Sometimes in the embedded system world we need to process the analog world and sending the signal to the microcontroller when the analog signal exceed some predetermine limit we’ve set. Some example of this situation is to send the interrupt signal to the microcontroller operation when the temperature is already exceeds certain limit or the light intensity exceeds certain bright level. This is when the comparator circuit becomes handy as it’s designed specially for this purpose.

Today the modern comparator is easily found in the form of integrated circuit such as the popular National Semiconductor LM339 or LM324 quad (four) comparator 14 pins dual in line (DIL) package bellow:


1. Basic Comparator Circuit

The comparator circuit work by simply taking two analog inputs, comparing them and produce the logical output high “1” or low “0“.


By applying the analog signal to the comparator
+ input called “non-inverting” and - input called “inverting“, the comparator circuit will compared this two analog signal, if the analog input on + input is greater than the analog input on - input (inverting) then the output will swing to the logical “1” and this will make the open collector transistor Q8 on the LM339 equivalent circuit above to turn ON. When the analog input on + input (non inverting) is less than the analog input on - input (inverting) then the comparator output will swing to the logical “0” (the Q8 transistor turn OFF). Furthermore on this tutorial, I will use the term non-inverting and inverting instead of + input and - input on the comparator analog input.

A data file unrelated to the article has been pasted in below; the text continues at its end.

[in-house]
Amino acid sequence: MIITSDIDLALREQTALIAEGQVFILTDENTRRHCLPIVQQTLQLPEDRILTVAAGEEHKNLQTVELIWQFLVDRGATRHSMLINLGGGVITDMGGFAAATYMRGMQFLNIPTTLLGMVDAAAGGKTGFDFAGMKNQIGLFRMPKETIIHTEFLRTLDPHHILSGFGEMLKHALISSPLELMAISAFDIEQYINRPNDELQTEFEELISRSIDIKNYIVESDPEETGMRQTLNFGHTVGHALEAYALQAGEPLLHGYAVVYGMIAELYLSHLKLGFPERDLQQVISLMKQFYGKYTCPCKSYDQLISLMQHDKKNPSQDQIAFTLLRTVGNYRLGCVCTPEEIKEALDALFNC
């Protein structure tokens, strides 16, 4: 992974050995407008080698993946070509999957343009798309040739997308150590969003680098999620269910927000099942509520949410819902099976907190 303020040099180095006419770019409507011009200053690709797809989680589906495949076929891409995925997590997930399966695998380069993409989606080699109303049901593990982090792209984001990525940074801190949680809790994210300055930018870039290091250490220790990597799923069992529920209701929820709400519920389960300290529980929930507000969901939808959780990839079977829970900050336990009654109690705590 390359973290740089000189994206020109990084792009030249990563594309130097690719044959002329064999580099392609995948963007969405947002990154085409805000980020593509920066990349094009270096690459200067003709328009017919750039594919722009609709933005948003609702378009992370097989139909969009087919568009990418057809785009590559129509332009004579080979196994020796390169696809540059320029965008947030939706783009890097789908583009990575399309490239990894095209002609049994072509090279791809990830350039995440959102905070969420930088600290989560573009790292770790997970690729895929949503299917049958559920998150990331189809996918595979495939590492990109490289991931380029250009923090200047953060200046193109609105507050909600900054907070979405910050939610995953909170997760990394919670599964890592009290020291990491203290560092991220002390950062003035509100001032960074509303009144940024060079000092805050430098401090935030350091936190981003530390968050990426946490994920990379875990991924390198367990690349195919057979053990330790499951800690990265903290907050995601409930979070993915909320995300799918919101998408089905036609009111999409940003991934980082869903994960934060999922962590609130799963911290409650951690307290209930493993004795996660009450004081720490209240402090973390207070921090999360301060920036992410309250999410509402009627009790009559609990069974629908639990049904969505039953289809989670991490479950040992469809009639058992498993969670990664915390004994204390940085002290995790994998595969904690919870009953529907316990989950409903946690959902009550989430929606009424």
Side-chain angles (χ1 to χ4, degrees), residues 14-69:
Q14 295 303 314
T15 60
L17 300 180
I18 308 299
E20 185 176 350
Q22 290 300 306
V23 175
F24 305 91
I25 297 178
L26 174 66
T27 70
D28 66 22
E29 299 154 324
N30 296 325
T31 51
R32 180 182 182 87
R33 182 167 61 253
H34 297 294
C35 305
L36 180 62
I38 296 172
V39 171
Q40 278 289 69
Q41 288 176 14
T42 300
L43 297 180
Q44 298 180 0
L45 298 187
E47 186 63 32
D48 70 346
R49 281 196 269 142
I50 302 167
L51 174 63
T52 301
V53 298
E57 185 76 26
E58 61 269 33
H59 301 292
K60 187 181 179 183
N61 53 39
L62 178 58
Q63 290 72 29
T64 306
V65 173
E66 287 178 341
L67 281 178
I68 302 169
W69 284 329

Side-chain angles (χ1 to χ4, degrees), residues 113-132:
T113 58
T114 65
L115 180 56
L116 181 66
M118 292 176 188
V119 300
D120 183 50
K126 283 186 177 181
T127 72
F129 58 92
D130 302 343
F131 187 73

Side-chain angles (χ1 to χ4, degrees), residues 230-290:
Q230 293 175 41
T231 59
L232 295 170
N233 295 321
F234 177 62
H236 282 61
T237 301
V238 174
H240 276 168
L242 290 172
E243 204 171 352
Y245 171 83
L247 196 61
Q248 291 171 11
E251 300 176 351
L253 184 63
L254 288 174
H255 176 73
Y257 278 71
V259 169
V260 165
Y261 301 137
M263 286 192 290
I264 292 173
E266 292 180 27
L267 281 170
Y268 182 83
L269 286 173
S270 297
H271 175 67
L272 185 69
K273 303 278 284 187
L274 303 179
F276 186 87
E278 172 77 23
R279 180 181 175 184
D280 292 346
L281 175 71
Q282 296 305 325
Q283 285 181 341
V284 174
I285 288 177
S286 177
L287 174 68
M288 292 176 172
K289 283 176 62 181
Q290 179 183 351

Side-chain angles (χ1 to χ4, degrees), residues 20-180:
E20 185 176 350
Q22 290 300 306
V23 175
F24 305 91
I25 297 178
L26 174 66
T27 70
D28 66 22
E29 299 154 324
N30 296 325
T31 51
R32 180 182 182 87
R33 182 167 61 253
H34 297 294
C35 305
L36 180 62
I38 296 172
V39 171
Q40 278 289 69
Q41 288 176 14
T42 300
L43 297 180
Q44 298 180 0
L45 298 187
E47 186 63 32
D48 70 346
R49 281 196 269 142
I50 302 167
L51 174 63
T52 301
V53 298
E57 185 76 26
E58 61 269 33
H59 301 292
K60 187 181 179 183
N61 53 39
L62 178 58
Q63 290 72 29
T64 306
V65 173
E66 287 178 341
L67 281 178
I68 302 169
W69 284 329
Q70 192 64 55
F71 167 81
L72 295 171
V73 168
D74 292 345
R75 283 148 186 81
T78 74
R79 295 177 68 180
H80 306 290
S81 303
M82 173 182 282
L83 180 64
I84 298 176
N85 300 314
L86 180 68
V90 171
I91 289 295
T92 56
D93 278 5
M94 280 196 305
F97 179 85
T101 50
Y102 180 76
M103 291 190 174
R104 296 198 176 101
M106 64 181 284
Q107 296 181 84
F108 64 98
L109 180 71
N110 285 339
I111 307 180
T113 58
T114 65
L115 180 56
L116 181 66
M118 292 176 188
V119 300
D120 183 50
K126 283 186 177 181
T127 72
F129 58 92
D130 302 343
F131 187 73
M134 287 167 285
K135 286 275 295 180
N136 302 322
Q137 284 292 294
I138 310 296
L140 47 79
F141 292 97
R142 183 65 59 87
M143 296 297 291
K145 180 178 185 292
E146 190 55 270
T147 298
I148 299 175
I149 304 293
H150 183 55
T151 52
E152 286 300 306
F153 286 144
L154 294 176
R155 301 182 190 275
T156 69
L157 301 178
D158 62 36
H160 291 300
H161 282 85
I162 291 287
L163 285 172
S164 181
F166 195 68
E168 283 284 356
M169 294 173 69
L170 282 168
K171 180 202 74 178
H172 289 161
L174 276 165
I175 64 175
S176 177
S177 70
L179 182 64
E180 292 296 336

The testing circuit simply connects the comparator inverting input to the voltage divider R1 and R2, with 5 Volt voltage supply the
V- could be calculated as follow:
V- = (R2 / (R1 + R2)) x Vcc
V- = (10 / 20) x 5 volt = 2.5 volt

                                 The above fig show how analog signal is converted to Digital
Sensor using Comparator


When the infra-red LED beam reflected back to the photo transistor, the photo transistor will turn ON; this will make the reference voltage (
V+) become greater than the input voltage (V-). This condition will make the comparator give a logical high to the microcontroller I/O port. When the infra-red LED beam is blocked, the photo transistor will turn OFF; this will make the input voltage (V-) become greater than the reference voltage (V+) and the comparator will give a logical low to the microcontroller I/O port.
Hmm, by applying the circuit schema above to all the comparators in the LM339 package (four comparators), we could make a very sensitive infrared reflector sensors for sensing the black/white line used in many line follower or line maze solver robot.